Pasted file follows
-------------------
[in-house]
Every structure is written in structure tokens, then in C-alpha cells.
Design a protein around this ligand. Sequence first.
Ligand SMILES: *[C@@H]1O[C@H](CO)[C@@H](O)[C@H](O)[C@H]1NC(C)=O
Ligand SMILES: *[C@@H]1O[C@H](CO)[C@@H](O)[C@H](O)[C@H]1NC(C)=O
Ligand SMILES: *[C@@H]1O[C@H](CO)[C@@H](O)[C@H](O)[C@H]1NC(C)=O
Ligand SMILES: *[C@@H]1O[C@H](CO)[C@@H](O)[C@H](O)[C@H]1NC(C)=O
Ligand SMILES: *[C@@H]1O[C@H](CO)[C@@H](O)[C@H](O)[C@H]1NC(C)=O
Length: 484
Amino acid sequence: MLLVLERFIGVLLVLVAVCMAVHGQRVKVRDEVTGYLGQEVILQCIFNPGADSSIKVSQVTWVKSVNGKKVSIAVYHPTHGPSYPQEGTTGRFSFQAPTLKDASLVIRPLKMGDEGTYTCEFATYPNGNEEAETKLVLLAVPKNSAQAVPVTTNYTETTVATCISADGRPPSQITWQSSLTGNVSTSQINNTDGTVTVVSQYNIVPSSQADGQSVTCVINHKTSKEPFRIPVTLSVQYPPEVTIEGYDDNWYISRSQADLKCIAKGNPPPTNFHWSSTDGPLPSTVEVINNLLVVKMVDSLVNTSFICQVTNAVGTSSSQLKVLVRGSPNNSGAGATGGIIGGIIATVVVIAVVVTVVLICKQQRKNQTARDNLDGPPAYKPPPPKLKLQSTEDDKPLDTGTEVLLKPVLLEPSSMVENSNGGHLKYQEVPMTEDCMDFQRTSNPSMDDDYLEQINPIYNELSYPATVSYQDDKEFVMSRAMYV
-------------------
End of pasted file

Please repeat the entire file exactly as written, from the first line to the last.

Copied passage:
[in-house]
Every structure is written in structure tokens, then in C-alpha cells.
Design a protein around this ligand. Sequence first.
Ligand SMILES: *[C@@H]1O[C@H](CO)[C@@H](O)[C@H](O)[C@H]1NC(C)=O
Ligand SMILES: *[C@@H]1O[C@H](CO)[C@@H](O)[C@H](O)[C@H]1NC(C)=O
Ligand SMILES: *[C@@H]1O[C@H](CO)[C@@H](O)[C@H](O)[C@H]1NC(C)=O
Ligand SMILES: *[C@@H]1O[C@H](CO)[C@@H](O)[C@H](O)[C@H]1NC(C)=O
Ligand SMILES: *[C@@H]1O[C@H](CO)[C@@H](O)[C@H](O)[C@H]1NC(C)=O
Length: 484
Amino acid sequence: MLLVLERFIGVLLVLVAVCMAVHGQRVKVRDEVTGYLGQEVILQCIFNPGADSSIKVSQVTWVKSVNGKKVSIAVYHPTHGPSYPQEGTTGRFSFQAPTLKDASLVIRPLKMGDEGTYTCEFATYPNGNEEAETKLVLLAVPKNSAQAVPVTTNYTETTVATCISADGRPPSQITWQSSLTGNVSTSQINNTDGTVTVVSQYNIVPSSQADGQSVTCVINHKTSKEPFRIPVTLSVQYPPEVTIEGYDDNWYISRSQADLKCIAKGNPPPTNFHWSSTDGPLPSTVEVINNLLVVKMVDSLVNTSFICQVTNAVGTSSSQLKVLVRGSPNNSGAGATGGIIGGIIATVVVIAVVVTVVLICKQQRKNQTARDNLDGPPAYKPPPPKLKLQSTEDDKPLDTGTEVLLKPVLLEPSSMVENSNGGHLKYQEVPMTEDCMDFQRTSNPSMDDDYLEQINPIYNELSYPATVSYQDDKEFVMSRAMYV